Synonyms: Bauhinia alba, Bauhinia candida, Phanera variegata.
Common names: Orchid tree, camel’s foot, mountain ebony.
Local names: Karyale (करयाले), kachnar (कचनार).
Karyale trees can be seen growing all over India upto an elevation of 1700 metres above sea level. Wild growing trees of this plant exist most commonly in semi-deciduous forests, in border area of agricultural fields and village common lands of Western Himalayas.
It is one of most magnificent flowering trees bearing highly showy flowers and flowering season continuing for four to five weeks. Therefore, karyale trees are also planted along roadsides and parks as flowering ornament.
Karyale is a multipurpose tree. The flowers as well as buds are edible. Its bark is used in Ayurveda as medicine. It is also a valuable fodder plant. Its leaves are fed to cattle. Shoots are lopped during the autumn months and fed to cattle as green fodder. Due to this karyale is one of dominating trees in the agroforestry projects going on in mid-hill region.
New trees of karyale are also raised by Public Works and Horticulture Departments for planting along the roads and other public lands.
A perennial medium sized deciduous tree, upto 15 m tall; bark grey with longitudinal cracks, pale pink inside, twigs slender, zigzag; when young, light green, slightly hairy, and angled, becoming brownish grey.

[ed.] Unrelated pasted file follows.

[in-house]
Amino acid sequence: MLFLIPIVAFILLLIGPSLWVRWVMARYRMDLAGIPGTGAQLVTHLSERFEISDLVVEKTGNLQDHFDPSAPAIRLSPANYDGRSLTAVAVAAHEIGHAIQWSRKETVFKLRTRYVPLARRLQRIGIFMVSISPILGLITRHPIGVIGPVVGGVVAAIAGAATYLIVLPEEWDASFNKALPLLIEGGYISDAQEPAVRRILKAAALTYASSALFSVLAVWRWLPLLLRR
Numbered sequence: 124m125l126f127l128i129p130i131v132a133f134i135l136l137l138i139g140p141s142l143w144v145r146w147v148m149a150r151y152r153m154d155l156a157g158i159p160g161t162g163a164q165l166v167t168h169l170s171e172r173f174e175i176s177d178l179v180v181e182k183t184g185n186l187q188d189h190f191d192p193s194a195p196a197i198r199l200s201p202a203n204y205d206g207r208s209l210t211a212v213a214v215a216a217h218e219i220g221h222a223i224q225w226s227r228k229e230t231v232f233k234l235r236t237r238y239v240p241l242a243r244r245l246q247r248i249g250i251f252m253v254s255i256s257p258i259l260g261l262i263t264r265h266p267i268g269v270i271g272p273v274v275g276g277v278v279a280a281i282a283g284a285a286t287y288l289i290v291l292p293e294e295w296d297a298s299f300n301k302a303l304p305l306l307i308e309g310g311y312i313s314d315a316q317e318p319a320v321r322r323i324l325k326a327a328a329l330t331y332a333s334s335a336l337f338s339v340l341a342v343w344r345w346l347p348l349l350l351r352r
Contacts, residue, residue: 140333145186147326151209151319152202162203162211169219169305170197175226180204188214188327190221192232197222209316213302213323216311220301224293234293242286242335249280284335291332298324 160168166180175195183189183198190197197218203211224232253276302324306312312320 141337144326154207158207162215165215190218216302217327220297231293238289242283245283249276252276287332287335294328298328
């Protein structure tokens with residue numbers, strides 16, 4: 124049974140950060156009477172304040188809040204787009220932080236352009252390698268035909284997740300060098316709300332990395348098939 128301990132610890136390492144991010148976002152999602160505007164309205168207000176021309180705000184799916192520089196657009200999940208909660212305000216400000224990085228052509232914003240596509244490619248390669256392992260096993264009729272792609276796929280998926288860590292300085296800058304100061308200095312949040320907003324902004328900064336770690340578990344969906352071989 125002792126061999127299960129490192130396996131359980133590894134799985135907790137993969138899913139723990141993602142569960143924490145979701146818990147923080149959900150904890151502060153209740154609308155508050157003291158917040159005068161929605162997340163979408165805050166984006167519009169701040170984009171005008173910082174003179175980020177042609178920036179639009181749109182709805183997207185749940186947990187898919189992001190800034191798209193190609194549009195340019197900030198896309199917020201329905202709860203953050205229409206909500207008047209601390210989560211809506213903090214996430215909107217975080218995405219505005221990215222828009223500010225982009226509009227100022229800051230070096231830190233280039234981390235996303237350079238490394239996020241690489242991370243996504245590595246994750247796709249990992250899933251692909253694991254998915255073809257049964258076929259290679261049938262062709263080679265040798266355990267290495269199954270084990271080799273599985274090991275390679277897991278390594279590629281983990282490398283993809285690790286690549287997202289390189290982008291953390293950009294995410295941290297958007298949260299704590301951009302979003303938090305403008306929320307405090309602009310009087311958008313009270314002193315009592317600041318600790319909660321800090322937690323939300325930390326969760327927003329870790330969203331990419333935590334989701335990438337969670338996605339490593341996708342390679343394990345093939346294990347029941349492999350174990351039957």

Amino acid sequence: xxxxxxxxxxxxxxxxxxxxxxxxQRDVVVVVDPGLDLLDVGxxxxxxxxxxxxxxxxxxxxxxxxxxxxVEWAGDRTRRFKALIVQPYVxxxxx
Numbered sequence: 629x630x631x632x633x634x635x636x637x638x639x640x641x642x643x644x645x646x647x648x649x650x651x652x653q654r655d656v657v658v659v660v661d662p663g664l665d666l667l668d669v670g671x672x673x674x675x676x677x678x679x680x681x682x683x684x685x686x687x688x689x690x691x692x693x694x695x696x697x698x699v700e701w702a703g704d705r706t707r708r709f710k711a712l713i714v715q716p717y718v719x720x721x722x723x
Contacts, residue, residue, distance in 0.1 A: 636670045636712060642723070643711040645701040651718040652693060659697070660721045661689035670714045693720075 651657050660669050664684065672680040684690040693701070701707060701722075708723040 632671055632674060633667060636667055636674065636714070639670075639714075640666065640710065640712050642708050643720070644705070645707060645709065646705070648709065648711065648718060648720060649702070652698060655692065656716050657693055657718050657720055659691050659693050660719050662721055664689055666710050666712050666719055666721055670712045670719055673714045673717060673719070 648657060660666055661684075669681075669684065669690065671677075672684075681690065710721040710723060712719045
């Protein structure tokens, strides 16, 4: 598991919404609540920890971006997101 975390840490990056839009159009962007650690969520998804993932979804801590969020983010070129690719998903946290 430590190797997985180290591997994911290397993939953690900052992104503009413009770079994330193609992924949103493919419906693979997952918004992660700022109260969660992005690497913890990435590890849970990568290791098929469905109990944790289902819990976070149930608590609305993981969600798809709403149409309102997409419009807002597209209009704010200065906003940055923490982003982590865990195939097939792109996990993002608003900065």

Leaves rather broader than deep, simple, rigidly sub-coriaceous, deeply cordate, 11-15 nerved, divided to about ¼ the way down.
Flowers, conspicuous, white with upper petal purplish, 8-12 cm wide, in axillary and terminal, few flowered in corymbo
Fruit a pod,15-20 cm long, flat, hard, glabrous, dehiscent.
Karyale flowers and flowers buds can be best harvested from late spring to mid- summer season of the year. Although plant shows luxuriant growth in wild habitats naturally or due to planting of Karyale in forests during tree plantation program conducted every year in rainy season. Karyale is also abundant in private land holding but still we need to = harvest these reproductive edible parts of the plant sustainably by habitat rotation or keeping some flowers on parent tree.
Flower buds as well as flowers of karyale are edible. These are prepared as a vegetable and also as a snack called kachru (कचरू) in local dialect. The flowers are also used for making rayataa (रायता). A very tasty pickle is also made from flower buds.
Karyale bud’s vegetable:
Buds, 1 kg; mustard oil 3-4 table spoons; coriander powder, 1 table spoon; fenugreek seed powder, ½ table spoon; cumin seeds, 1 tea spoon; turmeric powder, 1 table spoon; red chillies, 2-3; chopped onion, 1; chopped garlic, 4-6 cloves; ginger paste, ½ table spoon; tomato puree, 1 cup or 2 cups curd.
Boil the flower buds for 5-10 minutes. Squeeze with hand to drain out excess water. Heat oil in a pan. Add coriander, cumin seeds, chillies, turmeric, onion, ginger, garlic and tomato puree or curd etc in sequence.